SALT LAKE CITY — A new pilot project to make expunging your criminal record easier just launched here in Utah. The program will impact hundreds of thousands of Utahns.
“People who offend in addiction are not bad people, they’re in survival mode. I would never do those things that I did then today, and I will never do them again, but the stigma around having a criminal record is enough for an employer to not hire you,” said Destiny Garcia, who just bought a house after having her record expunged.
Garcia experienced the pain of having her criminal record hold her back for so long, even after paying her dues.
“Before I got my first expungement I couldn’t even get a job,” said Garcia.
Destiny, now in long term recovery, has been able to move forward after expunging most of her record. But she couldn’t afford it without the help of coworkers who helped her raise the 2,600 dollars she paid out of pocket before this law went into effect.
“I was able to buy my own home, I am able to support my child, I am able to live a life I can support all on my own because I was able to get my expungement,” said Garcia.
For many Utahans, the biggest barrier to wiping their record is the cost. Representative Jim Dunnigan says he’s volunteered at the Salt Lake County Jail, working with men who go through a revolving door because it is so hard to get housing or work with a record.
“The vast majority of them have families, they have spouses, children, and if they can’t get employment or adequate housing, that impacts the whole family, that impacts generations,” said Rep. Jim Dunnigan.
That’s why he sponsored HB 392 which is now in effect, saving people hundreds if not thousands of dollars. The program waives all fees for those eligible with the exception of a 65 dollar filing fee.
“These folks don’t have that kind of money, and we need workers in Utah and when I go to jail each week, I see a labor force, even if they get out and they’ve kept their nose clean and paid all their dues to society, they still have that on their record and this is going to help them expunge that , have a clean slate, and get on with their life,” said Rep. Dunnigan.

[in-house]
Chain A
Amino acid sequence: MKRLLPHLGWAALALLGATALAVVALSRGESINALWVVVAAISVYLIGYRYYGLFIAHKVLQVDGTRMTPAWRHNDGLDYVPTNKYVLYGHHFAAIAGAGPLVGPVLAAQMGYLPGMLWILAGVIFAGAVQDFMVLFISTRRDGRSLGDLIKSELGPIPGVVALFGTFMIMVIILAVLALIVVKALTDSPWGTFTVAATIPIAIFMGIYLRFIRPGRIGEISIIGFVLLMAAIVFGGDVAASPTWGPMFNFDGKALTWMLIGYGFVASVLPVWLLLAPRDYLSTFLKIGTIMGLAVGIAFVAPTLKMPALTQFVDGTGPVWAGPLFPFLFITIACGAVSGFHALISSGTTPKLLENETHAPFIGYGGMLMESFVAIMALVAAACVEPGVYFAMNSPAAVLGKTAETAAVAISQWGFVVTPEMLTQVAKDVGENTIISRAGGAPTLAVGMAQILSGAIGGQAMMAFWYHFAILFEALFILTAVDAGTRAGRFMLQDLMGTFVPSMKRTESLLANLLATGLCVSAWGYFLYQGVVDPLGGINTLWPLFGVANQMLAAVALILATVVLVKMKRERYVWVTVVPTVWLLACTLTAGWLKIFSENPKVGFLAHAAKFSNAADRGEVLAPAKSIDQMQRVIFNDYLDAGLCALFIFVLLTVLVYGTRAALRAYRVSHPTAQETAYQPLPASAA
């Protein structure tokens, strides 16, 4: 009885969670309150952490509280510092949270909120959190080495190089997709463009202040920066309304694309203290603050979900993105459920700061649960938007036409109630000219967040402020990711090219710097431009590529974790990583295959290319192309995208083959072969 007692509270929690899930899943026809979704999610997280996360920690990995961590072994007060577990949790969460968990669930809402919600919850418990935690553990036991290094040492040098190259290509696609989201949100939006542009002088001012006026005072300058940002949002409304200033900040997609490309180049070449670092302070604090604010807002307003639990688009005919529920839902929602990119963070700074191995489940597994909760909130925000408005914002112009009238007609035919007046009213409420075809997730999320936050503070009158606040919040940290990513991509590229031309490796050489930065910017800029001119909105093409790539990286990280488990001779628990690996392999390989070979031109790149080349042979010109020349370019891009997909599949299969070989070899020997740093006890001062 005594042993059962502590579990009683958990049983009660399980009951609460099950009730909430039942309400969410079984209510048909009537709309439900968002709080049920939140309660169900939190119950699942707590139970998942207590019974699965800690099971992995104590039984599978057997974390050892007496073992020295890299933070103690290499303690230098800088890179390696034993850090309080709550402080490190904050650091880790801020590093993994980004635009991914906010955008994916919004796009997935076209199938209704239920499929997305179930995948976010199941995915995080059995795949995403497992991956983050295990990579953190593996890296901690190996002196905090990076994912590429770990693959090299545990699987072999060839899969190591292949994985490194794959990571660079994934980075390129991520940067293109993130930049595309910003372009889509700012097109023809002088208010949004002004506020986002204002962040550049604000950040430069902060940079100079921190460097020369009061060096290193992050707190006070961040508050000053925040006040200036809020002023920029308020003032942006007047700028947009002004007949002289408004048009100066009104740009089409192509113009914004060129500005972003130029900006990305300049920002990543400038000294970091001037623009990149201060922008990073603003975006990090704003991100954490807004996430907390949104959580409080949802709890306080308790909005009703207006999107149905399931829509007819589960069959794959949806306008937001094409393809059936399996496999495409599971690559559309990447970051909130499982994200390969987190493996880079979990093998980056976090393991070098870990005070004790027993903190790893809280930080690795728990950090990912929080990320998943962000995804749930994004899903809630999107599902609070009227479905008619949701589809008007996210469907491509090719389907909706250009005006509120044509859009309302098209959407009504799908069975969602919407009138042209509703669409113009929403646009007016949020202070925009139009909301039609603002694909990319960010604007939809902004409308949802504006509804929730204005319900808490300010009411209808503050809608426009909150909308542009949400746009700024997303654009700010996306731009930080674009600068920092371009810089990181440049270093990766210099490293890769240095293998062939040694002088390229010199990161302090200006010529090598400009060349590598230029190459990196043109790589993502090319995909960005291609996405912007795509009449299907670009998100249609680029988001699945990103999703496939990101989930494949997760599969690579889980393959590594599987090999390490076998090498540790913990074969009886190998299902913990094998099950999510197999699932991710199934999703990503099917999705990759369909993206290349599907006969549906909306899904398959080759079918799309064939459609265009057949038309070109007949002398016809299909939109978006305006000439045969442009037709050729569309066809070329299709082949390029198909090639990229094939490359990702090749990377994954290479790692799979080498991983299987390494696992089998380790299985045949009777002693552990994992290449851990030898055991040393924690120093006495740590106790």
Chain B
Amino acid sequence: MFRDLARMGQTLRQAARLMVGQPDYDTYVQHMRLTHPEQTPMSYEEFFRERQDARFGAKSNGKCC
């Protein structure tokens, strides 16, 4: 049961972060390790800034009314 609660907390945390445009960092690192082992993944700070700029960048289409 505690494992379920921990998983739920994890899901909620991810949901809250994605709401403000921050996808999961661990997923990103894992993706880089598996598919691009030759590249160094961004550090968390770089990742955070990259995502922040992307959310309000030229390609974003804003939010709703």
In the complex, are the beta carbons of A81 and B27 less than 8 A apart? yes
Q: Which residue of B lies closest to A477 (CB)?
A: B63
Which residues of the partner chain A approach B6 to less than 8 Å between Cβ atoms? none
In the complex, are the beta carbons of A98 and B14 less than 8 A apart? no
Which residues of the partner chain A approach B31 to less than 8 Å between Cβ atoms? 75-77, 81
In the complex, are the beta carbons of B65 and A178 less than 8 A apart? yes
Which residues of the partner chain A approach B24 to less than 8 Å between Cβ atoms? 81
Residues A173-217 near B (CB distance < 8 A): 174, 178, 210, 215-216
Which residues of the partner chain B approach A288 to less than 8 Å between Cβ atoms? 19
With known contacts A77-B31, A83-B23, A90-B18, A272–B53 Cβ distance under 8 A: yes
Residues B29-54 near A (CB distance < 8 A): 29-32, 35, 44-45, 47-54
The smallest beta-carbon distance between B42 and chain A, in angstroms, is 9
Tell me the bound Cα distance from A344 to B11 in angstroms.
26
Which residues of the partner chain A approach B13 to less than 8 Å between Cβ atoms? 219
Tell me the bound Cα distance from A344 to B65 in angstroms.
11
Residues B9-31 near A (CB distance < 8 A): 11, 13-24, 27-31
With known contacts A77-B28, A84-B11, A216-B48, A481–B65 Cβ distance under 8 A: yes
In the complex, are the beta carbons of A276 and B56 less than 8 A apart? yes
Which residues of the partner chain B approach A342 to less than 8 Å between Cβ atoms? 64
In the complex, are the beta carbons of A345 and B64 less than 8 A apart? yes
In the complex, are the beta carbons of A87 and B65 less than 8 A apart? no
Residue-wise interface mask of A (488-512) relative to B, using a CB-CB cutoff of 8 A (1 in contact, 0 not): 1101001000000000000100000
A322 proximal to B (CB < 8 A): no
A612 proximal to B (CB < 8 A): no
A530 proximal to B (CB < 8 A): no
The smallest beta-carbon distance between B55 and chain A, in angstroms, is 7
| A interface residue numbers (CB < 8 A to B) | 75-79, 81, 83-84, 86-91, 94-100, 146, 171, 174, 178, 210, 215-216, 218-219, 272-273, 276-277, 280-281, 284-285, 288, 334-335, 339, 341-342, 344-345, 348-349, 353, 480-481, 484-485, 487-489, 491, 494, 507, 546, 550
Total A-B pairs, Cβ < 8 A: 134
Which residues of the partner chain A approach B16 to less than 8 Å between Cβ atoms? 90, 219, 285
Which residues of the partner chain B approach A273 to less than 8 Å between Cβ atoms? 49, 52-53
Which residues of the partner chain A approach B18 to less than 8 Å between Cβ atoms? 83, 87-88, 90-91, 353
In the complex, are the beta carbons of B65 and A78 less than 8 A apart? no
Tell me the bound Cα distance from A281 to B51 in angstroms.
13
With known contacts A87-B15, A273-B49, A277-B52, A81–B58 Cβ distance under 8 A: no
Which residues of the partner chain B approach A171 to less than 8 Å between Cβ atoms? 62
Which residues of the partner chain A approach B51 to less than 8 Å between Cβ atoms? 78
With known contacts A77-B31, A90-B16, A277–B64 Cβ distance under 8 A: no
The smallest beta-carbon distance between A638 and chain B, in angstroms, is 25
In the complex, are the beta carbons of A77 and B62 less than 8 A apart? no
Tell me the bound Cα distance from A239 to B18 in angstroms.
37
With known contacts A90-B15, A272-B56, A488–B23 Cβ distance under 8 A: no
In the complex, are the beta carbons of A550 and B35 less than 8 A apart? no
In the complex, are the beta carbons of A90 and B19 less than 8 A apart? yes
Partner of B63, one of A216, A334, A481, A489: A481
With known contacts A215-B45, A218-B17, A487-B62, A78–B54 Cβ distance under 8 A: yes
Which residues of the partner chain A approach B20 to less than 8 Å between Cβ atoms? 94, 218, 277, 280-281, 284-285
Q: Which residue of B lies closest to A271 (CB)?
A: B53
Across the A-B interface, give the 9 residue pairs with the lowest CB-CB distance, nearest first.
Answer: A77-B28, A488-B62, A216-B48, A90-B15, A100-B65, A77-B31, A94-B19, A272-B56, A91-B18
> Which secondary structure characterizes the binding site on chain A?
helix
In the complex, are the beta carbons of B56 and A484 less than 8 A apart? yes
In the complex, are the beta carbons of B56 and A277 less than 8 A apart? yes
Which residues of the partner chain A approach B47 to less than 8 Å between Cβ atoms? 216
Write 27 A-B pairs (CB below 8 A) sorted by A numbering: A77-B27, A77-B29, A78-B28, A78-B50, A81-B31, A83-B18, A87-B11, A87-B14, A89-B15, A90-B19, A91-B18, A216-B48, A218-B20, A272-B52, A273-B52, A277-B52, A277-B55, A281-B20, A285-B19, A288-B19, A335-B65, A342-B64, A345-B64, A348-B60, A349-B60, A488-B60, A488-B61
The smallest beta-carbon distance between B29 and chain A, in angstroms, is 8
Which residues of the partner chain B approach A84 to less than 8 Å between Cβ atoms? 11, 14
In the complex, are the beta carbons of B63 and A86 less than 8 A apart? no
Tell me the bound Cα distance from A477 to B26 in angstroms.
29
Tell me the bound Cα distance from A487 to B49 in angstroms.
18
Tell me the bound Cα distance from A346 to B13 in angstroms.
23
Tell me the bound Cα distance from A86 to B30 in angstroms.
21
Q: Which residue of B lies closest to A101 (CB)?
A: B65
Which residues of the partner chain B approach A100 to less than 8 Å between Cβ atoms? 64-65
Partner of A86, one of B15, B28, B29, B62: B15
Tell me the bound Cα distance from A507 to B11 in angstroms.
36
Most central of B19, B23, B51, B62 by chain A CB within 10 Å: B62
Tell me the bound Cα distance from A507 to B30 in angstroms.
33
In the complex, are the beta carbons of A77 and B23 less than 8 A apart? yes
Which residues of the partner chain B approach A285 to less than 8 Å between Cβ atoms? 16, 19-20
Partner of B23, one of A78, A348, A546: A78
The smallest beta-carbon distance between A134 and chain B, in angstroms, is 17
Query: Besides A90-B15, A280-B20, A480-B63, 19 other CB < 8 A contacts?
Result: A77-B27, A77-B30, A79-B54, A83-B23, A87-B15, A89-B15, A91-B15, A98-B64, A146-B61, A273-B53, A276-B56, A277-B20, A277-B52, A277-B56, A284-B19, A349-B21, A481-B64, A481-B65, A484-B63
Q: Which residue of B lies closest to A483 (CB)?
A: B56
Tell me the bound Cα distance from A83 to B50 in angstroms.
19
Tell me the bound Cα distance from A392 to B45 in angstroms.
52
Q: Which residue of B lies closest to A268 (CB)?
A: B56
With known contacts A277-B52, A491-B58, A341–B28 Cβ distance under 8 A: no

A new company, RASA, takes it a step further, providing low-cost legal expungement services for people who are not eligible for automatic clearances.
“Having a criminal record is incredibly common, over 800,000 Utahans have some type of criminal records so it’s more than 1 in 4 Utahns, and even having minor records can create huge barriers for people who are trying to move forward with their lives,” said Noella Sudbury, RASA Public Benefit Corporation.
RASA uses a technology that allows for us to reduce attorney fees associated with the expunge process, representing people in up to 3 cases for $500, compared to the normal $2-3K PLUS government fees (although they are waived starting Wednesday).
Rasa launched in February and has already had 200 people come to them for services, including Destiny who has a few remaining items to be expunged after failing to complete the process the first time.
“I rebuilt my life from homelessness, having to rebuild that, work so hard, maintain a job and take care of my kids… I didn’t have the time to put hours into getting that paperwork done,” said Garcia.
According to RASA, 75 percent of people who choose to represent themselves don’t make it through the process.
Destiny says she recommends if you need an expungement to act now.
“With HB 392 and the fees being waived, now is the time to do it in the next year. It will take away hundreds if not thousands of dollars in fees that you don’t have to pay now,” said Garcia.
This pilot program runs until June 30, 2023.
For details on a free RASA webinar Thursday at 5:30pm to help people go over the expungement process, click here.